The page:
Coping with the Sleepless Nights of Pregnancy

Although pregnancy is miraculous and beautiful, it can also be quite uncomfortable. Often raging hormones, changing bodies, and bulging bladders render sleepless nights and tiresome days. One of the most irritating prenatal appointments I had as an expectant mother occurred when my obstetrician inquired how I was sleeping. I responded, "I barely sleep at all between my restless leg syndrome, aching back, and progesterone induced insomnia. In fact, I think I slept about 4 hours these past 4 days. Can you recommend anything that might help?" He smiled, chuckled, and said "if you think you're tired now...just wait until your baby comes." I remember leaving that prenatal appointment fuming at his careless dismissal of my concerns. Here are a few tips that may help you get a few extra hours of shuteye.

1. Bathe Before Bed- Various studies indicate that showering or bathing before bed can induce sleep. Sleep experts recommend bathing about an hour before your planned bedtime to allow your body temperature to cool before you drift off (1). Bathing not only cleanses the body but relaxes your muscles and opens your pores and sinus passages. Not a bad way to end the day!

2. Take Your Magnesium-Magnesium is such a wonder supplement when it comes to pregnancy. Not only does it prevent hypertension and premature labor (2) but it promotes better sleep, calms restless legs, wards off nausea, and helps manage muscle aches and pains. Before taking magnesium, always consult your health care provider about proper dosage and efficacy. Epsom salt baths are another nice way to unwind, relax, and get your magnesium in!

3. Pillows, Pillows, and More Pillows- As pregnancy progresses so too does the nightly tossing and turning in order to achieve comfort. Purchasing a pregnancy pillow that provides support between the legs and at the small of the back is essential. If a pregnancy pillow is not in your budget, placing a pillow between your knees, ankles, and at the small of your back while lying on your side will probably increase your comfort significantly.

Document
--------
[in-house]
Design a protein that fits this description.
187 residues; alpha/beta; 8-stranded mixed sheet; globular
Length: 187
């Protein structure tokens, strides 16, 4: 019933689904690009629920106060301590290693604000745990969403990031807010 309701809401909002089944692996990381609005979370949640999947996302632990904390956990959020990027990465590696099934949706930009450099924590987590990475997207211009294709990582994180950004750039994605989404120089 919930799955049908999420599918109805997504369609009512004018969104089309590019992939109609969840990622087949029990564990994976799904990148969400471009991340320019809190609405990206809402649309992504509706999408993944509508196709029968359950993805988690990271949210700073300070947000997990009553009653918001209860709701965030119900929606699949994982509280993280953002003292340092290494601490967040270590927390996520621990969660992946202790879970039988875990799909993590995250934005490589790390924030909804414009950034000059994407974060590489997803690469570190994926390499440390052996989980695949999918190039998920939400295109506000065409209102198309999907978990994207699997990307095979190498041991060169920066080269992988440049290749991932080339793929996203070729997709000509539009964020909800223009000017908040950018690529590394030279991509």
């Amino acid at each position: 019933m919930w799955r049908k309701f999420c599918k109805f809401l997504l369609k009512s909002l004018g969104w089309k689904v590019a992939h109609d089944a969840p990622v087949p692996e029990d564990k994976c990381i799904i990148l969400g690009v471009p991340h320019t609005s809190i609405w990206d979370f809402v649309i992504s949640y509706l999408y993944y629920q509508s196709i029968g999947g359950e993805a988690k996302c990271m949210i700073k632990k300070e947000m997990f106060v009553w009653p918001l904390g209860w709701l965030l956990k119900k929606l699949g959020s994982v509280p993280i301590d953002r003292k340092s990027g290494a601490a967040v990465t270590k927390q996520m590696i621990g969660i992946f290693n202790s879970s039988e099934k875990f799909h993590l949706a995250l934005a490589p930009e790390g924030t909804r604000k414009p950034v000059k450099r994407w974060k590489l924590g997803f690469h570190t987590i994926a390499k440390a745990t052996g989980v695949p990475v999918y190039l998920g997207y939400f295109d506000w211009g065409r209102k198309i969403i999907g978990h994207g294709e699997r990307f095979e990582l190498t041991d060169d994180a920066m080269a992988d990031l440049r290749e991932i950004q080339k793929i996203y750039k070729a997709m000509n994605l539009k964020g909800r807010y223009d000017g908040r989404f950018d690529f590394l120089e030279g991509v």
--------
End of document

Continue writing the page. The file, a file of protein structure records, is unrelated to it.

4. Get Some Exercise- Even just a little bit of exercise can improve your sleep quality and quantity. It is often recommended as a treatment for insomnia. Through physical exercise your body expounds energy and prepares your body to rest more deeply. (3). Do your best to take a walk or do some physical activity every day.

5. Warm Red Raspberry Leaf Tea & A Good Binge- Even though most of the time the afore mentioned tips resolve insomnia, every once in a while you have one of those nights where none of them work. Instead of becoming stressed, anxious, and frustrated that you're not sleeping, its best to sip some red raspberry leaf tea (tone that uterus!) and put on a good show to binge or read a good book. This diversion is good and will take your mind off of your insomnia. Usually after a little while you will feel as though you're tired enough to sleep. Sometimes you just need to set the re-set button.

6. Relaxed State of Mind-Then there are the times where even the re-set button doesn't work. When this happens I recommend getting comfortable in a recliner or your own bed and just focus on your breathing and relaxing. During these moments I always found it helpful to say in my head, "even if I can't sleep, at least my body is at rest." Imperfect rest is better than no rest at all.

Hopefully these few tips help you find some comfort and rest. If your insomnia becomes recurring please talk to your healthcare provider about it. You need rest. You deserve rest. And no, this is not the kind of "training" you need before your baby arrives.


(1) Abrams, Abigail. "How a Night Shower Improves Your Sleep." Time Magazine. February 21, 2017,

(2) Kubala, Jillian. "Supplements During Pregnancy: What's Safe and What's Not." Healthline. December 21, 2017.

(3) Breus, Michael J. Dr. "The Benefits of Exercise for Sleep." The Sleep Doctor. May 22, 2017.



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